Google+ Mars Travel: January 2013

Birds-Eye View of MSL Curiosity

Take a look at HiRISE's birds-eye view of MSL Curiosity, taken on the 157th sol of it's mission in Gale Crater. In this image you can see the rover itself, as well as tracks left from MSL's movement across the Martian terrain (this is especially true if you click on the image). The bright white/blue dots on the right shows the the area that was directly below MSL's Sky Crane rockets. Because of wind and other factors, the earliest tracks from MSL have begun to fade, but fortunately they can still be made out in the larger high resolution version (just click the image below to see it)! 

Source: HiRISE

This image is quite significant because it is the first color image showing MSL's tracks from orbit. It is oftentimes these images that provide us perspective because they show us the impact we are having on this pristine planet. Every rover we send to Mars is breaking new ground, every image shows a never before seen world, every soil analysis enhances our understanding of the solar system and provides context for our place in the universe. 

McLaughlin Crater - A Once Lively Lake?

McLaughlin Crater on Mars may have once been home to a massive lake! That's according to new spectrometer date from NASA's Mars Reconnaissance Orbiter (MRO).

McLaughlin is a 92 kilometers (57 miles) in diameter and 2.2 kilometers (1.4 miles) deep. The crater's extreme depth tapped into typically unexposed underground channels of water, which then filled the crater.

Click to see larger, annotated, and captioned version from NASA
MRO discovered clays and carbonates, which only form in the presence of water, on the floor of McLaughlin Crater. We know small underground channels fed this massive lake because there is no evidence of any large outflow channels leading into the crater. Additionally, small channels within the crater end at a certain point on the crater wall, which was likely the level of of the lake.

This new discovery of clays and carbonates in McLaughlin Crater has added even more hope that life once, or maybe still does, exist on Mars. The presence of carbonates in particular indicates that the lake likely had low-acid content because carbonates generally do not remain preserved in high-acid environments. Life as we know is most likely to exist in low-acid environments, so having this knowledge makes scientists think this crater and the underground tributary channels may be the ideal place to search for evidence of past and/or present life.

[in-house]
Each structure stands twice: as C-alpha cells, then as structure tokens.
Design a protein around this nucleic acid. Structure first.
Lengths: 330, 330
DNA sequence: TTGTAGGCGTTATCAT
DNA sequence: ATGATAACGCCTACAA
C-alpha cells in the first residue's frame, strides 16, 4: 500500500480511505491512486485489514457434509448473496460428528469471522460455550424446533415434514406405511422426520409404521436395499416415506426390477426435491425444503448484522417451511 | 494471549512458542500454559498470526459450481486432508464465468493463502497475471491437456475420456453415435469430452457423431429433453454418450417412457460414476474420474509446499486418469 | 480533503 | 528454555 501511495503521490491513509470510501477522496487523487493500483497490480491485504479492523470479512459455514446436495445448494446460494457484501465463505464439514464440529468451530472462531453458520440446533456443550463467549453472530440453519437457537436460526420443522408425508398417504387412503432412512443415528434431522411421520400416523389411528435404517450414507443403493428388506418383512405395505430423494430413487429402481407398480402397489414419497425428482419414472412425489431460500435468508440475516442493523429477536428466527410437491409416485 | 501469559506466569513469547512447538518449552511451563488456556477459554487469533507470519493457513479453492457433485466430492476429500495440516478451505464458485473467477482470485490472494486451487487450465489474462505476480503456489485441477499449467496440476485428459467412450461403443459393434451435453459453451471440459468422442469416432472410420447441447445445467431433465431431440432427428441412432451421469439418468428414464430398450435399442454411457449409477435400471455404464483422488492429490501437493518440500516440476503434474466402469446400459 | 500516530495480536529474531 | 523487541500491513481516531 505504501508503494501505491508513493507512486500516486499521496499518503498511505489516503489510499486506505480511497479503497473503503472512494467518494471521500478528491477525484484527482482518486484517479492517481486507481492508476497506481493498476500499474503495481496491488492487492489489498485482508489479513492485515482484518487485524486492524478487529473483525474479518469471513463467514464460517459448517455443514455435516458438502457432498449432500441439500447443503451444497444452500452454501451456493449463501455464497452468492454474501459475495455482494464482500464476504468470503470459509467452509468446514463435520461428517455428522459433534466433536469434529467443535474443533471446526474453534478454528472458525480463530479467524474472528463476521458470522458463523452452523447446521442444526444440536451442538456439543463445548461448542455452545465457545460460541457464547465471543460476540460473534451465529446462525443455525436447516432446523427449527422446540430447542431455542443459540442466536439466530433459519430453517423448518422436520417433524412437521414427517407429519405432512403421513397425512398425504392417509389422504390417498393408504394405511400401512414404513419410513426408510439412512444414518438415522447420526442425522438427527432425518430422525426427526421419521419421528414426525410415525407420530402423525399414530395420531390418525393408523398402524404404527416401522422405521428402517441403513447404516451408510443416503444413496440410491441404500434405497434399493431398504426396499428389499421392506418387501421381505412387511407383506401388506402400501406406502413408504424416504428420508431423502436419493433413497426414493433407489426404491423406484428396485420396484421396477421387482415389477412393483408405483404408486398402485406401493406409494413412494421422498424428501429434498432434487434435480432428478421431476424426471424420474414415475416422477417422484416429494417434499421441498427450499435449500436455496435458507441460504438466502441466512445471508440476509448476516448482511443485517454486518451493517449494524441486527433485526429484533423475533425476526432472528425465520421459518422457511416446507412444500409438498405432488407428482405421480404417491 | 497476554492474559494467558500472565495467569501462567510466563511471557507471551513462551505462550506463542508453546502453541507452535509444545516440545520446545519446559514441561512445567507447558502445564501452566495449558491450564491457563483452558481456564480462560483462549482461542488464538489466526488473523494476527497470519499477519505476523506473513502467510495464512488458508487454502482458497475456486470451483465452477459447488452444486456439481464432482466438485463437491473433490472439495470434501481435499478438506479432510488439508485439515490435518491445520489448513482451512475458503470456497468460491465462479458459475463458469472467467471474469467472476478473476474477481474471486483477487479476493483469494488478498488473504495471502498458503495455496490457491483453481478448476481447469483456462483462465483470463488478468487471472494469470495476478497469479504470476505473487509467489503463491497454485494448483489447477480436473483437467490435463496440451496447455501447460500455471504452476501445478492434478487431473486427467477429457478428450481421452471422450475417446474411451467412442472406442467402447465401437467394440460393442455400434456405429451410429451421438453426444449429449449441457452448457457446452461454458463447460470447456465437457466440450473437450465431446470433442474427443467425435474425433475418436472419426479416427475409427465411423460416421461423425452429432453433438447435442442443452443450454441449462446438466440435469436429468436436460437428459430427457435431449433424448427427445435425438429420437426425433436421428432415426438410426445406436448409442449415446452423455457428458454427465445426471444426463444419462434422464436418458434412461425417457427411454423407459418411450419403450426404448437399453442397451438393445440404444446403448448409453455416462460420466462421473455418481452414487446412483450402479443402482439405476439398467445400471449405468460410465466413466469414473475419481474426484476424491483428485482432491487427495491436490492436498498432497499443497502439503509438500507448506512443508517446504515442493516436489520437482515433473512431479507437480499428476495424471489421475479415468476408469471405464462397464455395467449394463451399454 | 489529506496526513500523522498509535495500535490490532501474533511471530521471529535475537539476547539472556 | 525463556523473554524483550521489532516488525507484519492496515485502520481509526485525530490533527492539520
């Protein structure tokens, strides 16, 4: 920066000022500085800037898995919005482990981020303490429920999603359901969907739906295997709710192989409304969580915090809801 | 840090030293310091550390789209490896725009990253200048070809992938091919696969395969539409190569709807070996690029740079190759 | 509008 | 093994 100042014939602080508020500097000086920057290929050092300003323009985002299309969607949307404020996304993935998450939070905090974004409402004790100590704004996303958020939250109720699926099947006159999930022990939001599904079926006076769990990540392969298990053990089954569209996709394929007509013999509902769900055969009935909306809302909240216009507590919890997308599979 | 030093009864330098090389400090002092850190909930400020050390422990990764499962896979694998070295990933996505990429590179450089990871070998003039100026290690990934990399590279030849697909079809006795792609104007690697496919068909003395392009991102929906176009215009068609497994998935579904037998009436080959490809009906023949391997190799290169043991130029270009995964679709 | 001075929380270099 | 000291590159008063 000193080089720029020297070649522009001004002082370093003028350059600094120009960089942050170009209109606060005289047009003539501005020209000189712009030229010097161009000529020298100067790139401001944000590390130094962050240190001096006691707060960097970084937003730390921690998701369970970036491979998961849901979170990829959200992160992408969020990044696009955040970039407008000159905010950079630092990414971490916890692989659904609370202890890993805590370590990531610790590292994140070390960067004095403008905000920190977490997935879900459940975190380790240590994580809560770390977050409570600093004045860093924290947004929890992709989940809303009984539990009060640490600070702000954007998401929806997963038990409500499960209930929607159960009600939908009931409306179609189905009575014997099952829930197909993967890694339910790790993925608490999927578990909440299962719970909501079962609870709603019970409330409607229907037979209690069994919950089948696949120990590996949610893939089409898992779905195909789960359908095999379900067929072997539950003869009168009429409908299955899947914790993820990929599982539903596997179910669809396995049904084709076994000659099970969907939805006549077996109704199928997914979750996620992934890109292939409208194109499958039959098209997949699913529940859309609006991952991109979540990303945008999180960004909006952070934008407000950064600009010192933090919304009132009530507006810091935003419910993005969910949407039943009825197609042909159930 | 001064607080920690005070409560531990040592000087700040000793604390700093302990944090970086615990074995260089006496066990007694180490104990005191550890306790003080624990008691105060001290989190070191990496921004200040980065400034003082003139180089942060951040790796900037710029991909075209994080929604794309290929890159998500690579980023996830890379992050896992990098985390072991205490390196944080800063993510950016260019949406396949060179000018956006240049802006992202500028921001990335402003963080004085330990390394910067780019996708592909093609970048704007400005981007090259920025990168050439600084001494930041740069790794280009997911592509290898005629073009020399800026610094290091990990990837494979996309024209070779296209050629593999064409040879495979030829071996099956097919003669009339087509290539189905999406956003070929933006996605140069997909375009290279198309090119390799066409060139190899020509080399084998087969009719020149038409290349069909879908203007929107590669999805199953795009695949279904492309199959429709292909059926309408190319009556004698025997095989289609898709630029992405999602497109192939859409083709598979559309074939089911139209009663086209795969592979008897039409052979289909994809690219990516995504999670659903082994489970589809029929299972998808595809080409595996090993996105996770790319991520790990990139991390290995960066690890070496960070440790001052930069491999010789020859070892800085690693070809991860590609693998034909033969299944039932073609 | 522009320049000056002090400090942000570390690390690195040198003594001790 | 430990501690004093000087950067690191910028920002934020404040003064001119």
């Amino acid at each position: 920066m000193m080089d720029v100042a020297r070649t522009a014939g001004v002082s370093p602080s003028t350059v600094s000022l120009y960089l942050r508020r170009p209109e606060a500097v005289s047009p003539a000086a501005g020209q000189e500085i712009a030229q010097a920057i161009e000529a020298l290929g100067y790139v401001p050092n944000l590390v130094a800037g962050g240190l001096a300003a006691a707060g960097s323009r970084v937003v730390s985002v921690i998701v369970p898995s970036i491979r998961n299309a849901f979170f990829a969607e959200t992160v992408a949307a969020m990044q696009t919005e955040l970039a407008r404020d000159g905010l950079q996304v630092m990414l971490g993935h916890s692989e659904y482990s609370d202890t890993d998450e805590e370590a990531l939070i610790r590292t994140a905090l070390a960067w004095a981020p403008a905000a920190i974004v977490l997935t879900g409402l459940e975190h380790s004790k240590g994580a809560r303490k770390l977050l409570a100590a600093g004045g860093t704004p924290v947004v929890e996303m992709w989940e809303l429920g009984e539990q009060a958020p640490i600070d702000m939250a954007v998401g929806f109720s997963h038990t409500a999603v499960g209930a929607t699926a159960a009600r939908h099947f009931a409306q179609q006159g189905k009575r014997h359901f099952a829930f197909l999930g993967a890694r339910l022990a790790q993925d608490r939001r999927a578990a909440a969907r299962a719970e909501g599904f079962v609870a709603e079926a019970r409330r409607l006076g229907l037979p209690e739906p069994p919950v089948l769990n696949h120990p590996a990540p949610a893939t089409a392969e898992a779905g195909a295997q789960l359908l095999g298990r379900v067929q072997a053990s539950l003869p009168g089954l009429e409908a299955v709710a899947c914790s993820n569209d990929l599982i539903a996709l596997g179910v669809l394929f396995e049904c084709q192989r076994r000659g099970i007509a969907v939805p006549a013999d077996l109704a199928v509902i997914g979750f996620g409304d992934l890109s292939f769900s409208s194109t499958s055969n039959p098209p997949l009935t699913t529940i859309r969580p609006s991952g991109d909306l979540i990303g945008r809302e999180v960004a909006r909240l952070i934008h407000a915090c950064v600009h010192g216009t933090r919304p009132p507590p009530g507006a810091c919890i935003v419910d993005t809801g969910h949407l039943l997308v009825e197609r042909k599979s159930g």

First Use of MSL's Dust Removal Tool

The below image shows the first patch of rock on Mars that Mars Science Laboratory's (MSL) Dust Removal Tool (DRT) brushed off. This dust removal took place on the 150th Martian sol of MSL's mission (6 Jan 2013) on a rock named Ekwir_1. The cleared patch of rock is 47x62mm (1.85x2.44in).

Area cleared of dust on Ekwir_1 rock by Dust Removal Tool
Source: NASA/JPL (Click to see larger official image from NASA)
MSL's Dust Removal Tool is similar to Mars Exploration Rovers Opportunity and Spirit's Rock Abrasion Tool (RAT), except that MSL's tool is primarily used for dusting surfaces off, while the RAT is often used to grind/drill into the top layer off a rock, exposing the unweathered material beneath for further examination.

If you want to know what the DRT looks like, just take a look at the following image from NASA!

MSL's Dust Removal Tool (DRT) from two angles
Source: NASA/JPL
These tools to remove dust are essential to any Mars rover's mission because essentially the entire surface is covered by a fine layer of dust. There could be incredible minerals or even evidence of life below the dust, but we'd never discover it if we don't remove that surface layer. As MSL continues on toward Mount Sharp it will undoubtedly keep using its DRT to expose the beauty of Mars that lies only millimeters beneath the surface. 

When it does I'll be sure to post those images too!